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Eicosapentaenoic acid and oxypurinol in the treatment of muscle wasting in a mouse model of cancer cachexia

Vaughan, Vanessa C., Sullivan-Gunn, Melanie, Hinch, Edward, Martin, Peter and Lewandowski, Paul A. 2012, Eicosapentaenoic acid and oxypurinol in the treatment of muscle wasting in a mouse model of cancer cachexia, PLoS one, vol. 7, no. 9, pp. 1-8.

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Title Eicosapentaenoic acid and oxypurinol in the treatment of muscle wasting in a mouse model of cancer cachexia
Author(s) Vaughan, Vanessa C.
Sullivan-Gunn, Melanie
Hinch, Edward
Martin, Peter
Lewandowski, Paul A.
Journal name PLoS one
Volume number 7
Issue number 9
Start page 1
End page 8
Total pages 8
Publisher Public Library of Science
Place of publication San Francisco, Calif.
Publication date 2012-09-20
ISSN 1932-6203
Summary Cancer cachexia is a wasting condition, driven by systemic inflammation and oxidative stress. This study investigated eicosapentaenoic acid (EPA) in combination with oxypurinol as a treatment in a mouse model of cancer cachexia. Mice with cancer cachexia were randomized into 4 treatment groups (EPA (0.4 g/kg/day), oxypurinol (1 mmol/L ad-lib), combination, or control), and euthanized after 29 days. Analysis of oxidative damage to DNA, mRNA analysis of pro-oxidant, antioxidant and proteolytic pathway components, along with enzyme activity of pro- and antioxidants were completed on gastrocnemius muscle. The control group displayed earlier onset of tumor compared to EPA and oxypurinol groups (P<0.001). The EPA group maintained body weight for an extended duration (20 days) compared to the oxypurinol (5 days) and combination (8 days) groups (P<0.05). EPA (18.2±3.2 pg/ml) and combination (18.4±3.7 pg/ml) groups had significantly higher 8-OH-dG levels than the control group (12.9±1.4 pg/ml, P≤0.05) indicating increased oxidative damage to DNA. mRNA levels of GPx1, MURF1 and MAFbx were higher following EPA treatment compared to control (P≤0.05). Whereas oxypurinol was associated with higher GPx1, MnSOD, CAT, XDH, MURF1, MAFbx and UbB mRNA compared to control (P≤0.05). Activity of total SOD was higher in the oxypurinol group (32.2±1.5 U/ml) compared to control (27.0±1.3 U/ml, P<0.01), GPx activity was lower in the EPA group (8.76±2.0 U/ml) compared to control (14.0±1.9 U/ml, P<0.05), and catalase activity was lower in the combination group (14.4±2.8 U/ml) compared to control (20.9±2.0 U/ml, P<0.01). There was no change in XO activity. The increased rate of weight decline in mice treated with oxypurinol indicates that XO may play a protective role during the progression of cancer cachexia, and its inhibition is detrimental to outcomes. In combination with EPA, there was little significant improvement from control, indicating oxypurinol is unlikely to be a viable treatment compound in cancer cachexia.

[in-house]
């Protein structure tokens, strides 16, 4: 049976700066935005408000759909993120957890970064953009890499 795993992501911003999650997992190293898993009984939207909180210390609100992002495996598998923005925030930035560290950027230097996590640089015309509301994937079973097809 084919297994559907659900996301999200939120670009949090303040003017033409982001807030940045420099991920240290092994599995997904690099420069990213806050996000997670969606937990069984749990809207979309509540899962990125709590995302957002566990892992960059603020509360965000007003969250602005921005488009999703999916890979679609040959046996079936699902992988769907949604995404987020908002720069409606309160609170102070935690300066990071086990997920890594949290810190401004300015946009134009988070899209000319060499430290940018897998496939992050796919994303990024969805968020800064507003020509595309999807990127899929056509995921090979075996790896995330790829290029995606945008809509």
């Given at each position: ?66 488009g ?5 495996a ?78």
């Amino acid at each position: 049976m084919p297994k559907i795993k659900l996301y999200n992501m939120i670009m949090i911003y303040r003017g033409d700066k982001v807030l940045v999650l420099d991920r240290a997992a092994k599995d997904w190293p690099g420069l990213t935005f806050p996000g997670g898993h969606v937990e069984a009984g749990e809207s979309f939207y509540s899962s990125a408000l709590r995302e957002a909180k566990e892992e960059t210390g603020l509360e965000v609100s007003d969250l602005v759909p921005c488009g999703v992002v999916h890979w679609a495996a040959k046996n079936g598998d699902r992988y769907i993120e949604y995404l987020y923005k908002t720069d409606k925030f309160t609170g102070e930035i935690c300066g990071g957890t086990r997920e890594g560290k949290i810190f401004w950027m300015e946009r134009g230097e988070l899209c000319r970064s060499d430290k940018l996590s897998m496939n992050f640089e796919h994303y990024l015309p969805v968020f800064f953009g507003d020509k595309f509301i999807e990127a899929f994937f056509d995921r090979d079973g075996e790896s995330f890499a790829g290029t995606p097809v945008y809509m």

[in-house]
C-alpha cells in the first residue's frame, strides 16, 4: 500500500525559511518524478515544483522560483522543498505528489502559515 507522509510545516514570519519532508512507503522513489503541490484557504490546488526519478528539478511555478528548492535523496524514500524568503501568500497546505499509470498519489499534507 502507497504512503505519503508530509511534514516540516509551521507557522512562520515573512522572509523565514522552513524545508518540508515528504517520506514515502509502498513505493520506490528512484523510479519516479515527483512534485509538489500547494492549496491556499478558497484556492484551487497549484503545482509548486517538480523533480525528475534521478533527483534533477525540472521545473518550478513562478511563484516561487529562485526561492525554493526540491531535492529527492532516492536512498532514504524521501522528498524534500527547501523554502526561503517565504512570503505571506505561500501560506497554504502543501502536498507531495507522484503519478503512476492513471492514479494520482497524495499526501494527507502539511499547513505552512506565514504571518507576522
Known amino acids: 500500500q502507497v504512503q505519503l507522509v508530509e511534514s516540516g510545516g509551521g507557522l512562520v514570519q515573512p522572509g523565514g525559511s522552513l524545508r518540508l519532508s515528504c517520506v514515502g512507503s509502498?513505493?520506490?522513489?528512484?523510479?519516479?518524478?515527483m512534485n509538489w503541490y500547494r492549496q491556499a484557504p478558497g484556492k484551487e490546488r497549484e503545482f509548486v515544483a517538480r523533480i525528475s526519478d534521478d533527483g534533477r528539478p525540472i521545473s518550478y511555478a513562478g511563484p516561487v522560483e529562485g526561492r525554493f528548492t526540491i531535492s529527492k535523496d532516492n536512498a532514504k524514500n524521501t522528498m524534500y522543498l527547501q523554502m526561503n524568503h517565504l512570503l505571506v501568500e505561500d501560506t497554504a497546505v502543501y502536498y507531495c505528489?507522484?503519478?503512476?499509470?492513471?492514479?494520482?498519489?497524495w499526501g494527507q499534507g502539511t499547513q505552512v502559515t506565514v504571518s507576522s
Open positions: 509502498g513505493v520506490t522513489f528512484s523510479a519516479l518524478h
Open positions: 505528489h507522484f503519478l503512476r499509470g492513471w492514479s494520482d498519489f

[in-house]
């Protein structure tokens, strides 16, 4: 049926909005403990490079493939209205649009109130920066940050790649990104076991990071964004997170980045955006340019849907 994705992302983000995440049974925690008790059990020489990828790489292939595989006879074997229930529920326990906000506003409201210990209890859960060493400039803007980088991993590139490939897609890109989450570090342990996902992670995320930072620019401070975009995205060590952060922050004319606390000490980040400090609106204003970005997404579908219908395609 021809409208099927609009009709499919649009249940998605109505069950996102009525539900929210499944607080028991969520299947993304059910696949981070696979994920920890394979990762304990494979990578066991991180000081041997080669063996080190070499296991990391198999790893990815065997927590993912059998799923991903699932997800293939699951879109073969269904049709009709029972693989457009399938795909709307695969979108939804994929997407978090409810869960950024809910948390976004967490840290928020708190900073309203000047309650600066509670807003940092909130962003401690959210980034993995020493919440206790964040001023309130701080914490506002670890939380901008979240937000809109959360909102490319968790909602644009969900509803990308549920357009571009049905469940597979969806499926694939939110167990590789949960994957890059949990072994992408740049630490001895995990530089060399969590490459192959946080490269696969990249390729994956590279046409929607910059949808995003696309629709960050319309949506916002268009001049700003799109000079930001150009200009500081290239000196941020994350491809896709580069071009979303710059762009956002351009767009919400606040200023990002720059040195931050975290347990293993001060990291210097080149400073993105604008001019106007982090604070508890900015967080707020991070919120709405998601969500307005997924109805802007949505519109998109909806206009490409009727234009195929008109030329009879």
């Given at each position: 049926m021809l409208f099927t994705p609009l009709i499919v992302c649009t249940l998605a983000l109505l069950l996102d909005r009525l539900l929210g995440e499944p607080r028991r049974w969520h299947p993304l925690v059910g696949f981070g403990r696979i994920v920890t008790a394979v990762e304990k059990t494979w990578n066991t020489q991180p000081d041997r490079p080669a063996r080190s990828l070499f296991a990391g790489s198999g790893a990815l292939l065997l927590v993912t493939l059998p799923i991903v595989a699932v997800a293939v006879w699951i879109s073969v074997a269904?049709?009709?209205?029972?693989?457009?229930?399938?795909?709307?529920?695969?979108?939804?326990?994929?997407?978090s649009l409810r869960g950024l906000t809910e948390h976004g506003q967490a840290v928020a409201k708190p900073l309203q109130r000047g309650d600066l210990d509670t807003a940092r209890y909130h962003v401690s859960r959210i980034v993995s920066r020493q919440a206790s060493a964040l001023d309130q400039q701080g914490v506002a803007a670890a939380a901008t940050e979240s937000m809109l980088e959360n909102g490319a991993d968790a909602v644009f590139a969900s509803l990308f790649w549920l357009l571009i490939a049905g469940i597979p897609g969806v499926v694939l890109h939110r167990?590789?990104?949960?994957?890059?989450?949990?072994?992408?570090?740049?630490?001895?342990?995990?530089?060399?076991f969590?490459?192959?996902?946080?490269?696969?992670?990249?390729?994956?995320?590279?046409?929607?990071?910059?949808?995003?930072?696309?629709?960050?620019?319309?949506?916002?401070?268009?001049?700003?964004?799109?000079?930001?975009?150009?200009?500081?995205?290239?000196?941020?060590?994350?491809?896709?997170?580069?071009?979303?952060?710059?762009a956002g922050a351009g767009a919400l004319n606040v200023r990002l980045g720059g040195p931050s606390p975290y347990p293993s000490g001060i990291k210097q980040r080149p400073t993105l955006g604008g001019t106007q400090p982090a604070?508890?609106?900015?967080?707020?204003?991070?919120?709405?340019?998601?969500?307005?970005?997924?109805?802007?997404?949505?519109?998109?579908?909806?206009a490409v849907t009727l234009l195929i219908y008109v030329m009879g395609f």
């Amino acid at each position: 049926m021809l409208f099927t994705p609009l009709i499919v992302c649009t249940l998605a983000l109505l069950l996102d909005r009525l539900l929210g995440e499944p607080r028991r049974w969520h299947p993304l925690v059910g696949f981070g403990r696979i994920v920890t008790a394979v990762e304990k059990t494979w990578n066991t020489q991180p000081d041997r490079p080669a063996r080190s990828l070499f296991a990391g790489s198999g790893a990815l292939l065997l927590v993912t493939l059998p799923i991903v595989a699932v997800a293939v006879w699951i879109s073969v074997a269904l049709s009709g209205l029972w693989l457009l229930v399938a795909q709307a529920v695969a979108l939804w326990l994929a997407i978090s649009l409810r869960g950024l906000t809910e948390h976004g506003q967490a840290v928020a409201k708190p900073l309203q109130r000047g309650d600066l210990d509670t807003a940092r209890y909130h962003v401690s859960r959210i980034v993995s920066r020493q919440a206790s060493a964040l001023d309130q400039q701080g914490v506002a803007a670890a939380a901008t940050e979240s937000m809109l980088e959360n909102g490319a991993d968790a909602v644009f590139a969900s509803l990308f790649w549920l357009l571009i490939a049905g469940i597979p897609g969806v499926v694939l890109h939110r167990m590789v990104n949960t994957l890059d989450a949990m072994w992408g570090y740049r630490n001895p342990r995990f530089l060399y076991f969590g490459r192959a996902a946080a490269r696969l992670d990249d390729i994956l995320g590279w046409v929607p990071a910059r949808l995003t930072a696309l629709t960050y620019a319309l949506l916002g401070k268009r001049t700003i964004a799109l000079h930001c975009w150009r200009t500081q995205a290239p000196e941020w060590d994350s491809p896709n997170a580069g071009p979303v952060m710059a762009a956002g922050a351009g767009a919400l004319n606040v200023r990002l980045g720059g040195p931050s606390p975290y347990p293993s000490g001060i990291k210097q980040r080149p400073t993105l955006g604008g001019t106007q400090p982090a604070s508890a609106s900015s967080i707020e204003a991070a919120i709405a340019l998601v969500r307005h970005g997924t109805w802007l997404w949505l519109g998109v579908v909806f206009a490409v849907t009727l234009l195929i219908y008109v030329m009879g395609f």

Notes This is an open-access article distributed under the terms of the Creative Commons Attribution License, which permits unrestricted use, distribution, and reproduction in any medium, provided the original author and source are credited.
Language eng
Field of Research 111103 Nutritional Physiology
Socio Economic Objective 920411 Nutrition
HERDC Research category C1 Refereed article in a scholarly journal
Copyright notice ©2012, Vaughan et al.
Persistent URL http://hdl.handle.net/10536/DRO/DU:30050508

Document type: Journal Article
Collections: School of Medicine
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